Whenever any person is bitten or otherwise attacked by a dog while the person is in a public place or is lawfully in a private place, including the property of the owner of the dog or other person having the dog in his care or keeping, the owner of the dog or other person having the dog in his care or keeping is liable for the damages suffered by the person bitten or otherwise attacked. For the purposes of this section, a person bitten or otherwise attacked is lawfully in a private place, including the property of the owner of the dog or other person having the dog in his care or keeping, when the person bitten or otherwise attacked is on the property in the performance of any duty imposed upon him by the laws of this State, by the ordinances of any political subdivision of this State, by the laws of the United States of America, including, but not limited to, postal regulations, or when the person bitten or otherwise attacked is on the property upon the invitation, express or implied, of the owner of the property or of any lawful tenant or resident of the property. If a person provokes a dog into attacking him then the owner of the dog is not liable.
Harris submits that S.C. Code Ann. §47-3-110 not only codified Hossenlopp, but expanded dog bite liability further by making “keepers” of animals strictly liable along with owners.
A literal reading of the statute evinces no language delineating liability other than the use of the disjunctive particle “or” between “the owner of the dog or other person having the dog in his care or keeping”. (See argument below.) That is, the literal language of our dog bite statute does not provide when, or if, liability passes from an owner to a keeper, or vice versa.
S.C. Code Ann. §47-3-110 was enacted subsequent to Hossenlopp, by 1986 Act No. 343. Accordingly, Harris submits that the legislature’s intent, as previously stated, was to expand not limit dog bite liability by the inclusion of “persons having the dog in his care or keeping”.
All rules of statutory construction are subservient to the one that the legislative intent must prevail if it can be reasonably discovered in the language used, and that language must be construed in the light of the intended purpose of the statute.
If the legislature’s intent is clearly apparent from the statutory language, a court may not embark upon a search for it outside the statute. When the language of a statute is clear and explicit, a court cannot rewrite the statute and inject matters into it which are not in the legislature’s language, and there is no need to resort to statutory interpretation or intent to determine its meaning. While it is true that the purpose of an enactment will prevail over the literal import of the statute, this does not mean that this Court can completely rewrite a plain statute.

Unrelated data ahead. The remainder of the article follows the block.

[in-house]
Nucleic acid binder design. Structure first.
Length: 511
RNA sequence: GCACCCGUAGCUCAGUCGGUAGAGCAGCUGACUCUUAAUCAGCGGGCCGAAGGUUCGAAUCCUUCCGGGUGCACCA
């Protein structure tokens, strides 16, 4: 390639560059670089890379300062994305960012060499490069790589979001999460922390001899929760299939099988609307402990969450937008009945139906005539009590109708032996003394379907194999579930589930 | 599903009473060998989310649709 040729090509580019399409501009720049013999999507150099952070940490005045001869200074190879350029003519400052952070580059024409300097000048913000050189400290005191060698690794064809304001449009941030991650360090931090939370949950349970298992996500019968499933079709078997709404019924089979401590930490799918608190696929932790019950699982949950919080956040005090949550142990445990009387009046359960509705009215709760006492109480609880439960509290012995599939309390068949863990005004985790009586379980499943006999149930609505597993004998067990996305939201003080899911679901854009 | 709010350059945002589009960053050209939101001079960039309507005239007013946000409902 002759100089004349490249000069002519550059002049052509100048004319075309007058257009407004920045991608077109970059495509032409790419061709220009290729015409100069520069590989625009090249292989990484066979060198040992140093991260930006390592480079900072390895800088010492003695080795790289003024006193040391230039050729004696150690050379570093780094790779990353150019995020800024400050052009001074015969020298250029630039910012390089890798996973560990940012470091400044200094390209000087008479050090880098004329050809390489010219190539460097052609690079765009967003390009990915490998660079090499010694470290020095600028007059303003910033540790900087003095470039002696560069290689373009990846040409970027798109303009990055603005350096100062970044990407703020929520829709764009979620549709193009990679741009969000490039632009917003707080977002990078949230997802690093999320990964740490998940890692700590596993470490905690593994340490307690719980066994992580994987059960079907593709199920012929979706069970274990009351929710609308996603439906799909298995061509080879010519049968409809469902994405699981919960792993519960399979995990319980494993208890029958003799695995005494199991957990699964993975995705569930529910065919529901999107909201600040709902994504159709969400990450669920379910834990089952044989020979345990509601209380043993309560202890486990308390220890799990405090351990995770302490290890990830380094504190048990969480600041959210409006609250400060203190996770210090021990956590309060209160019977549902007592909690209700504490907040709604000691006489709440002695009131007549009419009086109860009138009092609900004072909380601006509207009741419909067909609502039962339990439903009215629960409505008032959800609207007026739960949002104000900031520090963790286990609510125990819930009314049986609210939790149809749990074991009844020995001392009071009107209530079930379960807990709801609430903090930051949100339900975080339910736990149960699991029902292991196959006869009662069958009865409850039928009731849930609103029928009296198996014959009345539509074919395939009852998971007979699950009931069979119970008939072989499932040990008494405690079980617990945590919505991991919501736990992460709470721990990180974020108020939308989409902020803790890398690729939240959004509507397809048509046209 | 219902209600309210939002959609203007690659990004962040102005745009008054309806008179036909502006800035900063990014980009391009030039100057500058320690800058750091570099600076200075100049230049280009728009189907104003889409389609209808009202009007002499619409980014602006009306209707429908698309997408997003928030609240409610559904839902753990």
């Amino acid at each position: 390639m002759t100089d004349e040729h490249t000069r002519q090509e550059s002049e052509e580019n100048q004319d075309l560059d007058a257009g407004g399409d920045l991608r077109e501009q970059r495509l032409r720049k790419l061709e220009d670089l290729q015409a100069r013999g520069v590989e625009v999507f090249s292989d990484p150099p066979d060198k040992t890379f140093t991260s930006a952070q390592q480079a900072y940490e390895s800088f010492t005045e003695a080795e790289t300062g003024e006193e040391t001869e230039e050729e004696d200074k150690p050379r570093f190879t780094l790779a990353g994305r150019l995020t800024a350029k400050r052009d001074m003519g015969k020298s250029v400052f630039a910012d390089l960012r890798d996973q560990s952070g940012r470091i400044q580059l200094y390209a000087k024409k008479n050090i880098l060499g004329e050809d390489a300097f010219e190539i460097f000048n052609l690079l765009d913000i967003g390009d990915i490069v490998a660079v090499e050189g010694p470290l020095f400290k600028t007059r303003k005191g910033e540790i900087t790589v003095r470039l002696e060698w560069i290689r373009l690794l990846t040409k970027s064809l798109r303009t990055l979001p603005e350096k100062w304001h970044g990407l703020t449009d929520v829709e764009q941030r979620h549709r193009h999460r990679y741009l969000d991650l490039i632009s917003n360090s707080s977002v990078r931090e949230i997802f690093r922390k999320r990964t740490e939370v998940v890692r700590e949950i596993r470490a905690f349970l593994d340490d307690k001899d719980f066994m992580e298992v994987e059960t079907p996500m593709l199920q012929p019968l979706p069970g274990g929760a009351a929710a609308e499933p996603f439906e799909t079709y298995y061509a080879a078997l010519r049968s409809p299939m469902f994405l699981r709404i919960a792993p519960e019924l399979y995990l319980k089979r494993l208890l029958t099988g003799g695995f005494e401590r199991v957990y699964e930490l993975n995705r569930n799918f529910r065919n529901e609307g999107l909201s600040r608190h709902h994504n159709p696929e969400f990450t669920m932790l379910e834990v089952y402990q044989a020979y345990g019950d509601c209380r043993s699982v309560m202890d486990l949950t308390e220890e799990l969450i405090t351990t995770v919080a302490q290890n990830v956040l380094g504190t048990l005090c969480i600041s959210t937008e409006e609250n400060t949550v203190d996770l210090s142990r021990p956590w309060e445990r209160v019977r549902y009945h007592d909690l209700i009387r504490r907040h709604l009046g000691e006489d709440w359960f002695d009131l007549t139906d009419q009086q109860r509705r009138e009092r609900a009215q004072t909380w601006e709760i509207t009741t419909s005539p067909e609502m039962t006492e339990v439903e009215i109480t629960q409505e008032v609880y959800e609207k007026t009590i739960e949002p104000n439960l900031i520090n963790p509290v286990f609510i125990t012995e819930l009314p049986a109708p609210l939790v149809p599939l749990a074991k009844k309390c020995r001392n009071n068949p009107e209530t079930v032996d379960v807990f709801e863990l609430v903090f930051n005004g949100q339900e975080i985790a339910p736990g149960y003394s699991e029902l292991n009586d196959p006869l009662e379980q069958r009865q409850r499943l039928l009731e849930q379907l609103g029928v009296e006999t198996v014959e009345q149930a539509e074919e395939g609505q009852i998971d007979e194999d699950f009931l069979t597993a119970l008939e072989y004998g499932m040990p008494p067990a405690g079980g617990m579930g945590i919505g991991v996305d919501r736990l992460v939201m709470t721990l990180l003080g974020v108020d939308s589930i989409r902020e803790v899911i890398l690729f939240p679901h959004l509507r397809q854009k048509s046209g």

What a legislature says in the test of a statute is considered the best evidence of the legislative intent or will.
State v. Leopard, 349 S.C. 467, 471, 563 S.E.2d 342, 344-45 (Ct.App.2002). (Citations omitted.) (Emphasis added.)
Harris submits that the Court’s construction of S.C. Code Ann. §47-3-110 not only defies the plain meaning of this enactment but defeats the legislature’s intent as well.
II. IN CONSTRUING S.C. CODE ANN. §47-3-110, THE COURT ERRED WHEN IT REFUSED TO INTERPRET THE WORD “OR” AS A DISJUNCTIVE PARTICLE.
(Stated Issue No. VI)
Harris’ Choice of Defendants
As stated, S.C. Code Ann. §47-3-110 provides, in pertinent part, that “the owner of the dog or other person having the dog in his care or keeping is liable for damages suffered by the person bitten or otherwise attacked”. (Emphasis added.)
The word “or” when used in a statute is a disjunctive particle that marks an alternative. The word “or” used in a statute imports choice between two alternatives and as ordinarily used, means one or the other of the two but not both. Brewer v. Brewer, 242 S.C.9, 129 S.E.2d 736, 738 (1963); State v. Pilot Life Insurance, 257 S.C.383, 186 S.E.2d 262, 268 (1972); Investor’s Premium Corp. v. SC Tax Commission, 260 S.C.13, 93 S.E.2d 642, 645 (1973).
Harris submits that adopting this construction of S.C. Code Ann. §47-3-110 is in keeping with the Court’s and the legislature’s intent to modernize the basic concept of liability as relates to dog bites by providing for joint liability and giving the victim her choice of Defendants.
Harris respectfully submits that the Order granting ACSO summary judgment should be reversed and that judgment as a matter of law as to ACSO’s liability be granted to her.
Lawton McIntosh, SC Bar No. 7930
April 27, 2007
ACSO does not dispute the attack was unprovoked or that Harris was lawfully on Happistance’s premises at the time [R. p.56, lines 10-11].
Interestingly, ACSO should also be liable under pre-Hossenlopp case law based upon its knowledge of Sleuber’s multiple, documented prior attacks [R. p.39].
The statute provides, in pertinent part, [I]f any dog does any damage to either the body or property of any person, the owner or keeper...shall be liable for such damage... Id., at 22, 507A.2d at 507.